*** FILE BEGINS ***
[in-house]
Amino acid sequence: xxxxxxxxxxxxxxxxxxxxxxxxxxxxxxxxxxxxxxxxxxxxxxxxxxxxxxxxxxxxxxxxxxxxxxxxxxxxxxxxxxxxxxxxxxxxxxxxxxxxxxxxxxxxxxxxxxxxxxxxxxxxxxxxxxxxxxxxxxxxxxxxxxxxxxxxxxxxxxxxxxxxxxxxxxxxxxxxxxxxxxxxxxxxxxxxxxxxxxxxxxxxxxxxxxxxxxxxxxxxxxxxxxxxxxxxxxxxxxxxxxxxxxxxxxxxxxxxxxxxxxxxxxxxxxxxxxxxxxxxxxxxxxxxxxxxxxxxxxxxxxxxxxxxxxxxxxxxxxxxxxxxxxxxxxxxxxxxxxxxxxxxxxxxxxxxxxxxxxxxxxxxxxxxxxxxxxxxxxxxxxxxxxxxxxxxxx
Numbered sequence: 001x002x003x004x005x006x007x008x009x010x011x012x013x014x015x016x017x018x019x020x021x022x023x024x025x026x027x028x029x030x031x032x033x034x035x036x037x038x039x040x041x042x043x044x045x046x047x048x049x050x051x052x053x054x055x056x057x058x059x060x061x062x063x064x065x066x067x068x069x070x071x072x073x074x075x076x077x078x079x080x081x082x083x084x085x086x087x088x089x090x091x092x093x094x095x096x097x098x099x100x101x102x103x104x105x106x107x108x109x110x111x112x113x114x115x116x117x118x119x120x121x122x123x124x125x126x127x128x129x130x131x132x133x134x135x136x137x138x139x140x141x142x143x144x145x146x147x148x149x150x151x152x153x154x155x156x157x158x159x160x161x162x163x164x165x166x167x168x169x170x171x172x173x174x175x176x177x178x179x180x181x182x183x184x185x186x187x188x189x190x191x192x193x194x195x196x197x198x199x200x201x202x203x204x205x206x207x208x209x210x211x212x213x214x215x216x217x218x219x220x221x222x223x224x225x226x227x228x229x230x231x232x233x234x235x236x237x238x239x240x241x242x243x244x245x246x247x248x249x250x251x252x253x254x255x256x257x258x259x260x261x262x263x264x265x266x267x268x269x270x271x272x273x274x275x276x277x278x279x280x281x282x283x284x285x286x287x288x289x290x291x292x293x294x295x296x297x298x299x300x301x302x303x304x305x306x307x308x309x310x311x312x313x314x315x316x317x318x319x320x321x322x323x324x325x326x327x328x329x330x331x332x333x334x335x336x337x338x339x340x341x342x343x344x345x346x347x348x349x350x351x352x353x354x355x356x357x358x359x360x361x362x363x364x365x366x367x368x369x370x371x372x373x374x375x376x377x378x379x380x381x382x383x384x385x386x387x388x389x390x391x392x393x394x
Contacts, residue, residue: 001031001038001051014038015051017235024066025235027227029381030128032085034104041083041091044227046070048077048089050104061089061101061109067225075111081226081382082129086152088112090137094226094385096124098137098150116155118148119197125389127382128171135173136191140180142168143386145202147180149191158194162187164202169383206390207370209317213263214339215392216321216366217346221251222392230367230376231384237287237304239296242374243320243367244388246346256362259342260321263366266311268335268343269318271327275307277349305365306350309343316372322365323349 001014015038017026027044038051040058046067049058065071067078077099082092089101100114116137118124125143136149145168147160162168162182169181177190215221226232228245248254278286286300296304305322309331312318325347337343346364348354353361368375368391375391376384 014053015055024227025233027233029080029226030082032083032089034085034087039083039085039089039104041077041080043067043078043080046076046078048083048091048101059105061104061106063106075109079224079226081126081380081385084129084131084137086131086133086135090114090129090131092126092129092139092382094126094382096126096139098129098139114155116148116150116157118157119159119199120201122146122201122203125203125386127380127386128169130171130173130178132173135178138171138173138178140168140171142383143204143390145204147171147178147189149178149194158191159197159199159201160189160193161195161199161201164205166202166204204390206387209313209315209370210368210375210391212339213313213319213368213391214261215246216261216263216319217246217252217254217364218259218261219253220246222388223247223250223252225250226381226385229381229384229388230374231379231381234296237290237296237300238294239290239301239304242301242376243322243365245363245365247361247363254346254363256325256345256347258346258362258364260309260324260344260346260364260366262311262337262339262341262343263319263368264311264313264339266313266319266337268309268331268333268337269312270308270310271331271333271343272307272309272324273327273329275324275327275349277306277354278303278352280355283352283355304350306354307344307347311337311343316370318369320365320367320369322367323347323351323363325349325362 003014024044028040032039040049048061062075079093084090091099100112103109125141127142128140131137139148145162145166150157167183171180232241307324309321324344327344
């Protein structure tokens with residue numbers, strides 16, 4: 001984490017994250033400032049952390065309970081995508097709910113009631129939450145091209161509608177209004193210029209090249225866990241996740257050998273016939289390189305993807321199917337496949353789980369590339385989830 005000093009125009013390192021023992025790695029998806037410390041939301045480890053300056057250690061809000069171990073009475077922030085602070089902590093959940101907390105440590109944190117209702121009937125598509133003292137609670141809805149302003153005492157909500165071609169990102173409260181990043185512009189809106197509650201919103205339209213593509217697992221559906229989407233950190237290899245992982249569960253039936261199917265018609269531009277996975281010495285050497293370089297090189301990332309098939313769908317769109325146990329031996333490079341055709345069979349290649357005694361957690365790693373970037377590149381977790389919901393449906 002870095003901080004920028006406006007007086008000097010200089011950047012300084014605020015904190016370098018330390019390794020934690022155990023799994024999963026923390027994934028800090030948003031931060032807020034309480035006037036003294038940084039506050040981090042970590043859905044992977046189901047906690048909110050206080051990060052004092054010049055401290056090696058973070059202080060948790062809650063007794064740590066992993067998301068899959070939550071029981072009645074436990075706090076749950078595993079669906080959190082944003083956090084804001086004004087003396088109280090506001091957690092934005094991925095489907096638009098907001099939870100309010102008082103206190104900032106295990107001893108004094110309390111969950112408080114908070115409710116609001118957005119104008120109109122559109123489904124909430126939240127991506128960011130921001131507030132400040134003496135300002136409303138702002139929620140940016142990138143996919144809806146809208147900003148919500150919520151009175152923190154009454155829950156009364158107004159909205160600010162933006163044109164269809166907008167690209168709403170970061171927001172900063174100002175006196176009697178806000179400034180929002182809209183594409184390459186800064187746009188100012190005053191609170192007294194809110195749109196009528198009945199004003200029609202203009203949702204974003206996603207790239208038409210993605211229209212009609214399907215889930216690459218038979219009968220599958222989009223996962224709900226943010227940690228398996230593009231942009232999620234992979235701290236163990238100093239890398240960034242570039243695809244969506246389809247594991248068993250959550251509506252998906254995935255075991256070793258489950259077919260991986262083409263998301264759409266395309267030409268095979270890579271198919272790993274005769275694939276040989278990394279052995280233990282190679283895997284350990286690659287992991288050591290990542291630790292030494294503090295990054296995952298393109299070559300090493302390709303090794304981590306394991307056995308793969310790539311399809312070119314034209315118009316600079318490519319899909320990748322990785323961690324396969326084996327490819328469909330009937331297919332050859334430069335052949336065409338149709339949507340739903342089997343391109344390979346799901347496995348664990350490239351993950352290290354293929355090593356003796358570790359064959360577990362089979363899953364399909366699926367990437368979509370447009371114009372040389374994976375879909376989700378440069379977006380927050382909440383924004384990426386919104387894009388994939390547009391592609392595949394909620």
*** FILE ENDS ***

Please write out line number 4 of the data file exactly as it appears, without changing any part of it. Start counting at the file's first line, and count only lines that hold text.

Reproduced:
Contacts, residue, residue: 001031001038001051014038015051017235024066025235027227029381030128032085034104041083041091044227046070048077048089050104061089061101061109067225075111081226081382082129086152088112090137094226094385096124098137098150116155118148119197125389127382128171135173136191140180142168143386145202147180149191158194162187164202169383206390207370209317213263214339215392216321216366217346221251222392230367230376231384237287237304239296242374243320243367244388246346256362259342260321263366266311268335268343269318271327275307277349305365306350309343316372322365323349 001014015038017026027044038051040058046067049058065071067078077099082092089101100114116137118124125143136149145168147160162168162182169181177190215221226232228245248254278286286300296304305322309331312318325347337343346364348354353361368375368391375391376384 014053015055024227025233027233029080029226030082032083032089034085034087039083039085039089039104041077041080043067043078043080046076046078048083048091048101059105061104061106063106075109079224079226081126081380081385084129084131084137086131086133086135090114090129090131092126092129092139092382094126094382096126096139098129098139114155116148116150116157118157119159119199120201122146122201122203125203125386127380127386128169130171130173130178132173135178138171138173138178140168140171142383143204143390145204147171147178147189149178149194158191159197159199159201160189160193161195161199161201164205166202166204204390206387209313209315209370210368210375210391212339213313213319213368213391214261215246216261216263216319217246217252217254217364218259218261219253220246222388223247223250223252225250226381226385229381229384229388230374231379231381234296237290237296237300238294239290239301239304242301242376243322243365245363245365247361247363254346254363256325256345256347258346258362258364260309260324260344260346260364260366262311262337262339262341262343263319263368264311264313264339266313266319266337268309268331268333268337269312270308270310271331271333271343272307272309272324273327273329275324275327275349277306277354278303278352280355283352283355304350306354307344307347311337311343316370318369320365320367320369322367323347323351323363325349325362 003014024044028040032039040049048061062075079093084090091099100112103109125141127142128140131137139148145162145166150157167183171180232241307324309321324344327344